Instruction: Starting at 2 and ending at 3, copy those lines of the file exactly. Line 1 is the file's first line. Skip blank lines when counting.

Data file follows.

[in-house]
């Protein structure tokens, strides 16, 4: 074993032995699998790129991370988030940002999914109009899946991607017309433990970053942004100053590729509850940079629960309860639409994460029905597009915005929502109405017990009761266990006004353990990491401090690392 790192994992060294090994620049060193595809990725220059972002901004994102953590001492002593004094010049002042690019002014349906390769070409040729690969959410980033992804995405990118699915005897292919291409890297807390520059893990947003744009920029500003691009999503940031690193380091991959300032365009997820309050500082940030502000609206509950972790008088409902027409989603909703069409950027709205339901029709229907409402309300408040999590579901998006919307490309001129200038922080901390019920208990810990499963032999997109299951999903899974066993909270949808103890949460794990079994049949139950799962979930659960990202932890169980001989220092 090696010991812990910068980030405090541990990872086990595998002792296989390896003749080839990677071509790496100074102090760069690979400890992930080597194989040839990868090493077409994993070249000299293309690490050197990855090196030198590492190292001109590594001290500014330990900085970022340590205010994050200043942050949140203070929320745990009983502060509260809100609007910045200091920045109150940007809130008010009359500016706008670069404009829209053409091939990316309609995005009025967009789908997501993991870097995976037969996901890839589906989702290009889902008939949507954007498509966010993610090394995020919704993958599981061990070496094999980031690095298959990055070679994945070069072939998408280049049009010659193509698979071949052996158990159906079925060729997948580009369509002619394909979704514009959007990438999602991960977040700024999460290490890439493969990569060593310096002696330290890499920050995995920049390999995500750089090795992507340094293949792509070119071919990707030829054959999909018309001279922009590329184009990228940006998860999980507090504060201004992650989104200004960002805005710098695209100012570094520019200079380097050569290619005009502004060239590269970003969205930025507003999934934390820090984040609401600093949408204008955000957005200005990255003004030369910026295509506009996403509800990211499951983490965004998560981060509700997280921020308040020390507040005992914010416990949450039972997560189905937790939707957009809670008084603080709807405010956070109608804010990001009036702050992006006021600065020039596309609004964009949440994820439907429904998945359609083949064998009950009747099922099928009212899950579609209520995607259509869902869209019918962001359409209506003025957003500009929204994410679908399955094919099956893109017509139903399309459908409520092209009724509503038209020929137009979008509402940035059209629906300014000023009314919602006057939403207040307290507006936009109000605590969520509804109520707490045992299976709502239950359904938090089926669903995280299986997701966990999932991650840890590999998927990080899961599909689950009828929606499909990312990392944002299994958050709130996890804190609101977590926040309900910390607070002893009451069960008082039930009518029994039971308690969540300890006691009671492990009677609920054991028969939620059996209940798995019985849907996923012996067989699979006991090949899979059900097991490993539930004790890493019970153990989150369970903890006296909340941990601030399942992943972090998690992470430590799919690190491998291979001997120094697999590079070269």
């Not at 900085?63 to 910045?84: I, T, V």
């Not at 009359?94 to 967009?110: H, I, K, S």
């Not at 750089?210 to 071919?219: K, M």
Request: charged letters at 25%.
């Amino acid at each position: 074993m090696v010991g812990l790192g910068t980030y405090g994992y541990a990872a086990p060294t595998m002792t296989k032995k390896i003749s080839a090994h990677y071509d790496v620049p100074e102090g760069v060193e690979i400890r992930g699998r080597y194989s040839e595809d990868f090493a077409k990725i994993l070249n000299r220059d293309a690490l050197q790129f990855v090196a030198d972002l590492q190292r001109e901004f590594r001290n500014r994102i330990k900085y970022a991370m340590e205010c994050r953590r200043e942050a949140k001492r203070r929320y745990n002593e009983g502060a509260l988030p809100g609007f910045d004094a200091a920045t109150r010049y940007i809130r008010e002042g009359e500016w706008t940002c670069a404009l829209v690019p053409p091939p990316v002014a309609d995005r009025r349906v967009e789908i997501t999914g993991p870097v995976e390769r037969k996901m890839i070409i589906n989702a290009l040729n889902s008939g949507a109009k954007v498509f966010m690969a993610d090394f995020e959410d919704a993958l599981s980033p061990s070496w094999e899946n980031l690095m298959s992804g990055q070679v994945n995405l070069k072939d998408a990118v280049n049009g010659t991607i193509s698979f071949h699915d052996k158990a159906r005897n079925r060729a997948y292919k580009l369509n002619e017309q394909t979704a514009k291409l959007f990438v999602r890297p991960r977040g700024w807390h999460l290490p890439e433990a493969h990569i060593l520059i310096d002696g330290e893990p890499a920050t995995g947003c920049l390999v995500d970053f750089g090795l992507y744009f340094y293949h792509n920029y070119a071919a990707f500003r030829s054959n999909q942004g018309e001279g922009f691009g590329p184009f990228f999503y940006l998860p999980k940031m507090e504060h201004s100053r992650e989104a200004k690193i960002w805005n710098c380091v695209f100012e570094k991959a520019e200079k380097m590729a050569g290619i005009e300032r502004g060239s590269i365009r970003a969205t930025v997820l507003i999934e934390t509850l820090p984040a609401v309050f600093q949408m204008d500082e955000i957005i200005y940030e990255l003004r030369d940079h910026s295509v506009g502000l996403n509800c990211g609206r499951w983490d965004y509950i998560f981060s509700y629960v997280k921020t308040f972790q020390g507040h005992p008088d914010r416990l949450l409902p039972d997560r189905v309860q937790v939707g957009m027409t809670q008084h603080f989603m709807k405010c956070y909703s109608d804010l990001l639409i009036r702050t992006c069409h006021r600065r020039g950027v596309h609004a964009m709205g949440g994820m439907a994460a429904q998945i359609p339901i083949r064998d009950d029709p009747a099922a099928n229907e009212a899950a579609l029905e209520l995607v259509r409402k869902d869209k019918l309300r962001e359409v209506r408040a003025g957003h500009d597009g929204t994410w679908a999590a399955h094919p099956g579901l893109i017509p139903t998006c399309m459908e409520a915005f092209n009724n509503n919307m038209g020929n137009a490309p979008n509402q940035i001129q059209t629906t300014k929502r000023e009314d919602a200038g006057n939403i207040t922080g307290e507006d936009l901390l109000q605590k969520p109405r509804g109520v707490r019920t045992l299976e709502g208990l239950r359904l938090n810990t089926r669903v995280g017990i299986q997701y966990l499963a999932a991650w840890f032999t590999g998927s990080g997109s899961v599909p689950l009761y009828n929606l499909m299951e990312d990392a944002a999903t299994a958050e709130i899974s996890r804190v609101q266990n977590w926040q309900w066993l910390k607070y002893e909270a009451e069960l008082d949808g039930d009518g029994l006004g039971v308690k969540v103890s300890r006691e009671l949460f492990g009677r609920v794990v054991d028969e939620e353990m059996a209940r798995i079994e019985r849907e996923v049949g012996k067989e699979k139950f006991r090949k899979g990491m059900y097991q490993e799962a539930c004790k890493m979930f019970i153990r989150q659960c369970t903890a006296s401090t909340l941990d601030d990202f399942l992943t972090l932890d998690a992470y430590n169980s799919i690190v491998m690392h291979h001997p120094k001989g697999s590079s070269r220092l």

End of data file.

């Protein structure tokens, strides 16, 4: 074993032995699998790129991370988030940002999914109009899946991607017309433990970053942004100053590729509850940079629960309860639409994460029905597009915005929502109405017990009761266990006004353990990491401090690392 790192994992060294090994620049060193595809990725220059972002901004994102953590001492002593004094010049002042690019002014349906390769070409040729690969959410980033992804995405990118699915005897292919291409890297807390520059893990947003744009920029500003691009999503940031690193380091991959300032365009997820309050500082940030502000609206509950972790008088409902027409989603909703069409950027709205339901029709229907409402309300408040999590579901998006919307490309001129200038922080901390019920208990810990499963032999997109299951999903899974066993909270949808103890949460794990079994049949139950799962979930659960990202932890169980001989220092 090696010991812990910068980030405090541990990872086990595998002792296989390896003749080839990677071509790496100074102090760069690979400890992930080597194989040839990868090493077409994993070249000299293309690490050197990855090196030198590492190292001109590594001290500014330990900085970022340590205010994050200043942050949140203070929320745990009983502060509260809100609007910045200091920045109150940007809130008010009359500016706008670069404009829209053409091939990316309609995005009025967009789908997501993991870097995976037969996901890839589906989702290009889902008939949507954007498509966010993610090394995020919704993958599981061990070496094999980031690095298959990055070679994945070069072939998408280049049009010659193509698979071949052996158990159906079925060729997948580009369509002619394909979704514009959007990438999602991960977040700024999460290490890439493969990569060593310096002696330290890499920050995995920049390999995500750089090795992507340094293949792509070119071919990707030829054959999909018309001279922009590329184009990228940006998860999980507090504060201004992650989104200004960002805005710098695209100012570094520019200079380097050569290619005009502004060239590269970003969205930025507003999934934390820090984040609401600093949408204008955000957005200005990255003004030369910026295509506009996403509800990211499951983490965004998560981060509700997280921020308040020390507040005992914010416990949450039972997560189905937790939707957009809670008084603080709807405010956070109608804010990001009036702050992006006021600065020039596309609004964009949440994820439907429904998945359609083949064998009950009747099922099928009212899950579609209520995607259509869902869209019918962001359409209506003025957003500009929204994410679908399955094919099956893109017509139903399309459908409520092209009724509503038209020929137009979008509402940035059209629906300014000023009314919602006057939403207040307290507006936009109000605590969520509804109520707490045992299976709502239950359904938090089926669903995280299986997701966990999932991650840890590999998927990080899961599909689950009828929606499909990312990392944002299994958050709130996890804190609101977590926040309900910390607070002893009451069960008082039930009518029994039971308690969540300890006691009671492990009677609920054991028969939620059996209940798995019985849907996923012996067989699979006991090949899979059900097991490993539930004790890493019970153990989150369970903890006296909340941990601030399942992943972090998690992470430590799919690190491998291979001997120094697999590079070269």
């Not at 900085?63 to 910045?84: I, T, V």